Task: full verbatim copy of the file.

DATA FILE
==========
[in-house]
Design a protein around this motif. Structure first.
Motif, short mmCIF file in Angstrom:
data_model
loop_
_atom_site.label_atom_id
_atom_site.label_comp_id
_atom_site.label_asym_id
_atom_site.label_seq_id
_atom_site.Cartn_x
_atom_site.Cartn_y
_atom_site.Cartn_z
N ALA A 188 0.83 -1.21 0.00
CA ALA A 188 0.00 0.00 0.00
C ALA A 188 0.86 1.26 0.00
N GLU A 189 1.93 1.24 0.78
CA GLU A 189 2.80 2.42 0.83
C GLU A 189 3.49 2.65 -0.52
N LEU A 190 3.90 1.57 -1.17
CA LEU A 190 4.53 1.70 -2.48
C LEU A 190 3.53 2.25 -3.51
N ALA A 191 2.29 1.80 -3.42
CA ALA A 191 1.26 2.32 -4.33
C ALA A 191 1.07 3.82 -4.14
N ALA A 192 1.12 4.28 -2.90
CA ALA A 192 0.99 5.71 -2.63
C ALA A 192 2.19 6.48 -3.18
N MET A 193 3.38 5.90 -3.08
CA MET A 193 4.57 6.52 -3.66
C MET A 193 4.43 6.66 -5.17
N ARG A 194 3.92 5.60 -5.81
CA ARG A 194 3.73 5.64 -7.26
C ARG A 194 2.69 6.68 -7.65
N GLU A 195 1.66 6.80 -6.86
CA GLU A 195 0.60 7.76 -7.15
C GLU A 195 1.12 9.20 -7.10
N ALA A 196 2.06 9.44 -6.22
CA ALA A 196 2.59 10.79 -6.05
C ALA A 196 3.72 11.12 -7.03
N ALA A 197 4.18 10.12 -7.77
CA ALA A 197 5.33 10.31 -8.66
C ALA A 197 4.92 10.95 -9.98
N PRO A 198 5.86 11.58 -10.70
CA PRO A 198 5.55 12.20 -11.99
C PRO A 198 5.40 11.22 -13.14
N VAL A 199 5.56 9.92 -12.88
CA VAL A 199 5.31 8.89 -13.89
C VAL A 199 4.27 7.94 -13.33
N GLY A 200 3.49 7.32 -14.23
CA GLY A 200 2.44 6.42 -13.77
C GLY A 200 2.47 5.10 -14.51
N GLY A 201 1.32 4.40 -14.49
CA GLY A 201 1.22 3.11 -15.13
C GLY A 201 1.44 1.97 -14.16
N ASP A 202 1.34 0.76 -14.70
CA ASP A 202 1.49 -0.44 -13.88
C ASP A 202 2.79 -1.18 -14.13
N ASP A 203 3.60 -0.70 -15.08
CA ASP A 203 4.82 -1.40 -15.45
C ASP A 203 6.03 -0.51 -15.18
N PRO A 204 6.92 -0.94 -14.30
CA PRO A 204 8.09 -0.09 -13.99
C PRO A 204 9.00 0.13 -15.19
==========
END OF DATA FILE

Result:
[in-house]
Design a protein around this motif. Structure first.
Motif, short mmCIF file in Angstrom:
data_model
loop_
_atom_site.label_atom_id
_atom_site.label_comp_id
_atom_site.label_asym_id
_atom_site.label_seq_id
_atom_site.Cartn_x
_atom_site.Cartn_y
_atom_site.Cartn_z
N ALA A 188 0.83 -1.21 0.00
CA ALA A 188 0.00 0.00 0.00
C ALA A 188 0.86 1.26 0.00
N GLU A 189 1.93 1.24 0.78
CA GLU A 189 2.80 2.42 0.83
C GLU A 189 3.49 2.65 -0.52
N LEU A 190 3.90 1.57 -1.17
CA LEU A 190 4.53 1.70 -2.48
C LEU A 190 3.53 2.25 -3.51
N ALA A 191 2.29 1.80 -3.42
CA ALA A 191 1.26 2.32 -4.33
C ALA A 191 1.07 3.82 -4.14
N ALA A 192 1.12 4.28 -2.90
CA ALA A 192 0.99 5.71 -2.63
C ALA A 192 2.19 6.48 -3.18
N MET A 193 3.38 5.90 -3.08
CA MET A 193 4.57 6.52 -3.66
C MET A 193 4.43 6.66 -5.17
N ARG A 194 3.92 5.60 -5.81
CA ARG A 194 3.73 5.64 -7.26
C ARG A 194 2.69 6.68 -7.65
N GLU A 195 1.66 6.80 -6.86
CA GLU A 195 0.60 7.76 -7.15
C GLU A 195 1.12 9.20 -7.10
N ALA A 196 2.06 9.44 -6.22
CA ALA A 196 2.59 10.79 -6.05
C ALA A 196 3.72 11.12 -7.03
N ALA A 197 4.18 10.12 -7.77
CA ALA A 197 5.33 10.31 -8.66
C ALA A 197 4.92 10.95 -9.98
N PRO A 198 5.86 11.58 -10.70
CA PRO A 198 5.55 12.20 -11.99
C PRO A 198 5.40 11.22 -13.14
N VAL A 199 5.56 9.92 -12.88
CA VAL A 199 5.31 8.89 -13.89
C VAL A 199 4.27 7.94 -13.33
N GLY A 200 3.49 7.32 -14.23
CA GLY A 200 2.44 6.42 -13.77
C GLY A 200 2.47 5.10 -14.51
N GLY A 201 1.32 4.40 -14.49
CA GLY A 201 1.22 3.11 -15.13
C GLY A 201 1.44 1.97 -14.16
N ASP A 202 1.34 0.76 -14.70
CA ASP A 202 1.49 -0.44 -13.88
C ASP A 202 2.79 -1.18 -14.13
N ASP A 203 3.60 -0.70 -15.08
CA ASP A 203 4.82 -1.40 -15.45
C ASP A 203 6.03 -0.51 -15.18
N PRO A 204 6.92 -0.94 -14.30
CA PRO A 204 8.09 -0.09 -13.99
C PRO A 204 9.00 0.13 -15.19